We did this with our kids and they were quickly civilized.

Sent from my DROID RAZR using Tapatalk 2

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(I realise that this is a bit OT, sorry )Do parents, teachers, authority figures in general, ever explain to kids that they have an "inside voice" as well as an "outside voice" and that the inside voice is approiate for inside almost everywhere? I more or less live in motels, and for some reason, kids seem to feel that if there is a lot of room, its outside, and they are free to run and scream. ARRRRRGH! :angry::wacko:

(close rant)


"Commit random acts of senseless kindness"

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I'm in China and last night I went out alone for a late supper in my local restaurant.

I arrived and was ignored by the staff, but chose an empty window table. Eating alone can be boring, so it's nice to watch the world go by.

After a few minutes an impeccably dressed young man asked me "Would you like a menu?"

ANSWER I SHOULD HAVE GIVEN

"No. I much prefer to guess what you have and throw random suggestions at you until some modicum of recognition comes over your visage."

ANSWER I GAVE

"Yes. please".

He went to a desk and returned with three menus which he delicately placed before me.

"Are you ready to order?

ANSWER I SHOULD HAVE GIVEN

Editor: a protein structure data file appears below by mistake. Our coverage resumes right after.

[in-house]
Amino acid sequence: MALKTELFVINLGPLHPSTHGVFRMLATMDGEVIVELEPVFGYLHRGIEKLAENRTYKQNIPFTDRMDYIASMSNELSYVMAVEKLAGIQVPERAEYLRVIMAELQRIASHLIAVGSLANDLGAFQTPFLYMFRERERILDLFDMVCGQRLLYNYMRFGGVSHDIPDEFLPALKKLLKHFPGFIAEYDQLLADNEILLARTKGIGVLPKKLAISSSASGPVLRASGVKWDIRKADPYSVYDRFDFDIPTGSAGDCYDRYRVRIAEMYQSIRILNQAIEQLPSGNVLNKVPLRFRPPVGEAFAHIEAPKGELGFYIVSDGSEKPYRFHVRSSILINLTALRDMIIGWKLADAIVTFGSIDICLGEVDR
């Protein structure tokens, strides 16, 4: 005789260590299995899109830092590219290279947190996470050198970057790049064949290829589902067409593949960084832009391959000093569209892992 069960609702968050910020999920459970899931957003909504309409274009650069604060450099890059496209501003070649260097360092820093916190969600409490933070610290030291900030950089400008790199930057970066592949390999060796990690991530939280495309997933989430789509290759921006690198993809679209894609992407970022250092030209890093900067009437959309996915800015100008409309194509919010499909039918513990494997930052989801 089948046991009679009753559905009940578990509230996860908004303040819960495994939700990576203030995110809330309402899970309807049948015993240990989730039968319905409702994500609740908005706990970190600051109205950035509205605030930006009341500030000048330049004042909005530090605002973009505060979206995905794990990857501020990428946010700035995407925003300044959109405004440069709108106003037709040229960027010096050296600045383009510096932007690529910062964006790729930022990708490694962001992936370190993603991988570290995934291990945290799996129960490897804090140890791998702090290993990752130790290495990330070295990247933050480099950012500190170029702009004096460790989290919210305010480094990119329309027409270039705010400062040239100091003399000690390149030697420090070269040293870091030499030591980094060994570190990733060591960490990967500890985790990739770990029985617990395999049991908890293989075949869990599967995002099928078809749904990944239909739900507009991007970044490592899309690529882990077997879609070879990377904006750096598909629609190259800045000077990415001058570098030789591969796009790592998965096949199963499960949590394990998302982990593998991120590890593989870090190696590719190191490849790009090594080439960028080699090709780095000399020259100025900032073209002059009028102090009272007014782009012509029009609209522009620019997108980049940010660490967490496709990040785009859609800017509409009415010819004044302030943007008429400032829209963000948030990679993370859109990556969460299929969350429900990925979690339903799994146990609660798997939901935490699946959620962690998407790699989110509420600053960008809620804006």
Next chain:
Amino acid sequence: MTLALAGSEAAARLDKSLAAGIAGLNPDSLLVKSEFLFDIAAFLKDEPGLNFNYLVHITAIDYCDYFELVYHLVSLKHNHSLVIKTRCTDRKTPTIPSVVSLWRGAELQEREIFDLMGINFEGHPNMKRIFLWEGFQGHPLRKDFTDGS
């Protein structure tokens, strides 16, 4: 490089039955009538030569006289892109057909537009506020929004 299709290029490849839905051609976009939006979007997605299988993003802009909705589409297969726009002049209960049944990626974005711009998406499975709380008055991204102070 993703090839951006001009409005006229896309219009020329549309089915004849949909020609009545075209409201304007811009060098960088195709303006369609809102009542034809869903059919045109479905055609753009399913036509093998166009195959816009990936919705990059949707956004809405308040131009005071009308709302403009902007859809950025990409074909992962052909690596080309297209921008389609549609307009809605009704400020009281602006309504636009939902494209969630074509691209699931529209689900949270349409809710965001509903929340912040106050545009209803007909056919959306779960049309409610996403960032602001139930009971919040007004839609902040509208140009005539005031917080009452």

"Order what? I haven't even opened the frigging menus.You've gone back to the guess what we have tactic again!"

ANSWER I GAVE

"Give me five minutes to look at the menu."

He said, "Certainly sir" then didn't move a muscle for the next five minutes, standing over me waiting for me to decide. (At least he didn't do what they often do in Chinese restaurants in China. Stand there intimidating you into ordering by randomly pointing at menu items which they have never eaten and suggesting them. I called one out once, closed the menu and said what did you just recommend? She hadn't a clue.)

Finally, I order my modest repast and request a cold beer to wash it down.

Off he goes. Very soon the beer arrives. I feel the bottle. It is warm. I don' t mean slightly warm. It is the sort of temperature new parents aim for in babies' milk bottles. I tell him to try again.

He comes back with a fairly cold beer, sits it on the table and walks away. No glass, no opener. One of his colleagues notices my look of consternation and sends him back.

"Would you like me to open your beer?

ANSWER I SHOULD HAVE GIVEN

"No! I only ordered to to admire the classic design of the bottle."

ANSWER I GAVE

"Yes, please"

Very quickly, suspiciously quickly, my food arrives. One dish is wrong. I query it.

"Oh, we don't have what you ordered"

ANSWER I SHOULD HAVE GIVEN

"So, you just substituted some random dish?"

ANSWER I GAVE

"I don't want this."

So he took it away. No suggestion of a sensible alternative and no apology. But it didn't show up on the final tally.

I ate what they had managed to get right and it was OK. Not stupendous, but I wasn't expecting stupendous - just an OK supper after a long day.